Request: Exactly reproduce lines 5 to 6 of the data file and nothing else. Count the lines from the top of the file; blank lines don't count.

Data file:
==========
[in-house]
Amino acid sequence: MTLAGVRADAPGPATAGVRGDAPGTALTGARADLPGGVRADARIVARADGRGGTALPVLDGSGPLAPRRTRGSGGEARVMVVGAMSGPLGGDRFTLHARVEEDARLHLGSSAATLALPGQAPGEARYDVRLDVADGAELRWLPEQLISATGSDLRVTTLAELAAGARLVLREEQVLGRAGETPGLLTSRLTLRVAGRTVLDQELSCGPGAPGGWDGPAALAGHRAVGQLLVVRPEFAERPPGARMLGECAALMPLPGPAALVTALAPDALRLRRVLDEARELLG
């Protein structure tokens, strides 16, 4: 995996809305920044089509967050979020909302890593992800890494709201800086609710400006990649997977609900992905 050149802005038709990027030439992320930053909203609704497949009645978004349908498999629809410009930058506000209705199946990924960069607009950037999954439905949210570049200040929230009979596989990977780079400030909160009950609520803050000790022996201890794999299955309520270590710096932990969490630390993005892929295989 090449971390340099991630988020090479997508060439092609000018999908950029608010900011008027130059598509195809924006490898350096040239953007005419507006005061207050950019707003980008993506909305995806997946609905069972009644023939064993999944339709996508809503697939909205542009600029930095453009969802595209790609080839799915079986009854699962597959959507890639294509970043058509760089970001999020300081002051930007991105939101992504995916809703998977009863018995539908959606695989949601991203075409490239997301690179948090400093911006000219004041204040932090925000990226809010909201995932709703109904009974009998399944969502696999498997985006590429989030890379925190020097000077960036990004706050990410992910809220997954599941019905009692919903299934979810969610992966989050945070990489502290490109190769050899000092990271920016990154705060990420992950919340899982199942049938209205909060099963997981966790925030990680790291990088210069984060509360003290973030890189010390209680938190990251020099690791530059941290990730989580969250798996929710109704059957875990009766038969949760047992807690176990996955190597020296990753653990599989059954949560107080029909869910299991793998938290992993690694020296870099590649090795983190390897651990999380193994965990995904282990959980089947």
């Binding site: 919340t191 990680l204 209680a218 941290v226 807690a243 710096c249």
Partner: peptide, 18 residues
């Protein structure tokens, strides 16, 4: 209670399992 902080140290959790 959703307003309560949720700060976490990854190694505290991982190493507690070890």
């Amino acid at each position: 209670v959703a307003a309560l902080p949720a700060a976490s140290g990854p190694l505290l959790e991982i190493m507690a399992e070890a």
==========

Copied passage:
Partner: peptide, 18 residues
């Protein structure tokens, strides 16, 4: 209670399992 902080140290959790 959703307003309560949720700060976490990854190694505290991982190493507690070890």